Alternate the startup project automatically for Windows Universal Apps

Cross-post from my MSDN blog http://blogs.msdn.com/b/msgulfcommunity/archive/2015/01/13/setup-startup-project-automatically-for-universal-apps.aspx 


Hello Developers!

Now with Universal Apps we have 3 or more projects loaded into the Visual Studio solution.

  1. Windows 8.1 Project: It contains XAML UI pages and code that targets Windows 8.1.
  2. Windows Phone 8.1 Project: It contains XAML UI pages and code that targets Windows Phone 8.1.
  3. Shared Project : It contains have XAML UI pages and code that are common to both platforms.

The following screenshot illustrates:

Visual Studio Solution for Universal Apps

As you can notice in the previous screenshot there is one project name that stands out with Bold marking. That is the Startup project, which is the project that runs when you run the solution – for example by pressing F5. Visual Studio runs the project that is selected as the startup. Now, in order to set the startup project, we need to right-click on a specific project node in Solution Explorer and choose Set as Startup Project. The project that we now chose will show in bold in Solution Explorer as a visual aid. In the previous screenshot, it was Site2App3 (Windows 8.1)

So if we run the project now, the Windows App will deploy and start. Moreover, if we need to run the Windows Phone app, we will need to need to set it as Startup up by right-clicking on the Windows Phone 8.1 project node in Solution Explorer and choosing Set as Startup Project. It gets a bit mundane if you keep doing this for sometime while alternating between projects to run the apps after every modification.

Well, I have the answer. The solution to make your lives easier. We can do something in Visual Studio that allows us to run the project without worrying about setting a Startup Project and let Visual Studio decide depending on the current selection, whereby, whatever project you highlight in the Solution Explorer (or file you select in the text editor) will in turn become the current startup project.

To achieve this, right-click on the solution explorer, choose properties. Next select Startup Project, from there select Current Selection from the Radio Button List. The following screenshot illustrates:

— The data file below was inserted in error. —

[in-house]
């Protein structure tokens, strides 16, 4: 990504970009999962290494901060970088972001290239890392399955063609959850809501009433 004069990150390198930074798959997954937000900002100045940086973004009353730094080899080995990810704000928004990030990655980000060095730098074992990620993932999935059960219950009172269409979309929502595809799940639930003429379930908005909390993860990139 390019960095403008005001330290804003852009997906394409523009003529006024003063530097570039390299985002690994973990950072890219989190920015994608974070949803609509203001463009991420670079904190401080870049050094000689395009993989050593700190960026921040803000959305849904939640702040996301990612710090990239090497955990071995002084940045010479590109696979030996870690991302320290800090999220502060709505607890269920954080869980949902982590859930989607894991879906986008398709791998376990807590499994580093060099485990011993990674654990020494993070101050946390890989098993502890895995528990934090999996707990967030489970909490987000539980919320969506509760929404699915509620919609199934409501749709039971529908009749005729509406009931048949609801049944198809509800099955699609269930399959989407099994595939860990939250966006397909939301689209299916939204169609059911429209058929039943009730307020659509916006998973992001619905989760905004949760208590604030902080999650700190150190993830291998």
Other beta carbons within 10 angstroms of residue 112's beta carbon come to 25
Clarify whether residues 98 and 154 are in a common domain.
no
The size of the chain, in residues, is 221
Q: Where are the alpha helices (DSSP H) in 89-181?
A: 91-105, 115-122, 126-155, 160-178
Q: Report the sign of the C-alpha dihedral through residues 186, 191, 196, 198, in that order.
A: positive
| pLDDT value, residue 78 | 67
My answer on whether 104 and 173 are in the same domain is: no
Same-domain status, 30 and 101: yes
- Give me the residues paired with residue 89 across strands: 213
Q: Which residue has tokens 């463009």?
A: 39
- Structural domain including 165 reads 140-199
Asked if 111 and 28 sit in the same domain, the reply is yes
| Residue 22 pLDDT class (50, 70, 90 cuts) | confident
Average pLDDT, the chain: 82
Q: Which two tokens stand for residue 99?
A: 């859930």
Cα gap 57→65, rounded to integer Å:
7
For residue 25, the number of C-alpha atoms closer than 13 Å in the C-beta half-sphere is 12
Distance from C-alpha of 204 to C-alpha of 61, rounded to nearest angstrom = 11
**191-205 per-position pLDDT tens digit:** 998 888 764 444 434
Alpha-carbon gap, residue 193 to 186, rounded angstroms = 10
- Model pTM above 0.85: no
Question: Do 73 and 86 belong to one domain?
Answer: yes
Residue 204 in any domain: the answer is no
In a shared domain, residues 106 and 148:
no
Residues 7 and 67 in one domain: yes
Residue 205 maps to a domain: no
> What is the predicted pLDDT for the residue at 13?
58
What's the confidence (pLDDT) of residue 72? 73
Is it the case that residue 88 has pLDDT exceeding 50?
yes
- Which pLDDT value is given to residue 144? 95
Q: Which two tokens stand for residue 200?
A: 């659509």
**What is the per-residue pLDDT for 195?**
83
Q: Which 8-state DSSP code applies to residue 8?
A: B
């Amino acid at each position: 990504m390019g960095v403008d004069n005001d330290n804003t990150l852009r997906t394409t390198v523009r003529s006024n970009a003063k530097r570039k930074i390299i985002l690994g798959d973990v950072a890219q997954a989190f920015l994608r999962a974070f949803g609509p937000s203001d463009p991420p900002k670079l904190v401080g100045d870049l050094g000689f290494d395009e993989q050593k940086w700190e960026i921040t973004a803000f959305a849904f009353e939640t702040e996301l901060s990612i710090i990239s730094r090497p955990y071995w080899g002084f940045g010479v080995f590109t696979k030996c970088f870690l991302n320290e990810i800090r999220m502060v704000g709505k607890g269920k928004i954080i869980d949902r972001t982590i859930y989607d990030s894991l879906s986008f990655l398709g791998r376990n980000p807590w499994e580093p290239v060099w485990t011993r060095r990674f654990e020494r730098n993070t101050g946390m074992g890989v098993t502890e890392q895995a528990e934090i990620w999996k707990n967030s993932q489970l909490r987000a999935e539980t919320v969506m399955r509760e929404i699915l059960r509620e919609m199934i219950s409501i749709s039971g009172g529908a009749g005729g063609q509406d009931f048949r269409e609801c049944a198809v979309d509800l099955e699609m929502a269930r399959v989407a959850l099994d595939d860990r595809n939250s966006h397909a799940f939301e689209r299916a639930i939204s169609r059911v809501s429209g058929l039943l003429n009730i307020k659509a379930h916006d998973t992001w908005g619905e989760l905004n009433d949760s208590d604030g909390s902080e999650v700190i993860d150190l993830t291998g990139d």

By the way this (multiple projects in a single solution) is not the Y2K problem, developers faced similar situations in the past where they had a website project alongside a console application or windows service or others.

Happy Coding :)

Rami

Alternate the startup project automatically for Windows Universal Apps was originally published on Rami Sarieddine's Blog

Posted in Visual Studio, Windows Development

Alternate the startup project automatically for Windows Universal Apps

Cross-post from my MSDN blog http://blogs.msdn.com/b/msgulfcommunity/archive/2015/01/13/setup-startup-project-automatically-for-universal-apps.aspx 


Hello Developers!

Now with Universal Apps we have 3 or more projects loaded into the Visual Studio solution.

  1. Windows 8.1 Project: It contains XAML UI pages and code that targets Windows 8.1.
  2. Windows Phone 8.1 Project: It contains XAML UI pages and code that targets Windows Phone 8.1.
  3. Shared Project : It contains have XAML UI pages and code that are common to both platforms.

The following screenshot illustrates:

Visual Studio Solution for Universal Apps

As you can notice in the previous screenshot there is one project name that stands out with Bold marking. That is the Startup project, which is the project that runs when you run the solution – for example by pressing F5. Visual Studio runs the project that is selected as the startup. Now, in order to set the startup project, we need to right-click on a specific project node in Solution Explorer and choose Set as Startup Project. The project that we now chose will show in bold in Solution Explorer as a visual aid. In the previous screenshot, it was Site2App3 (Windows 8.1)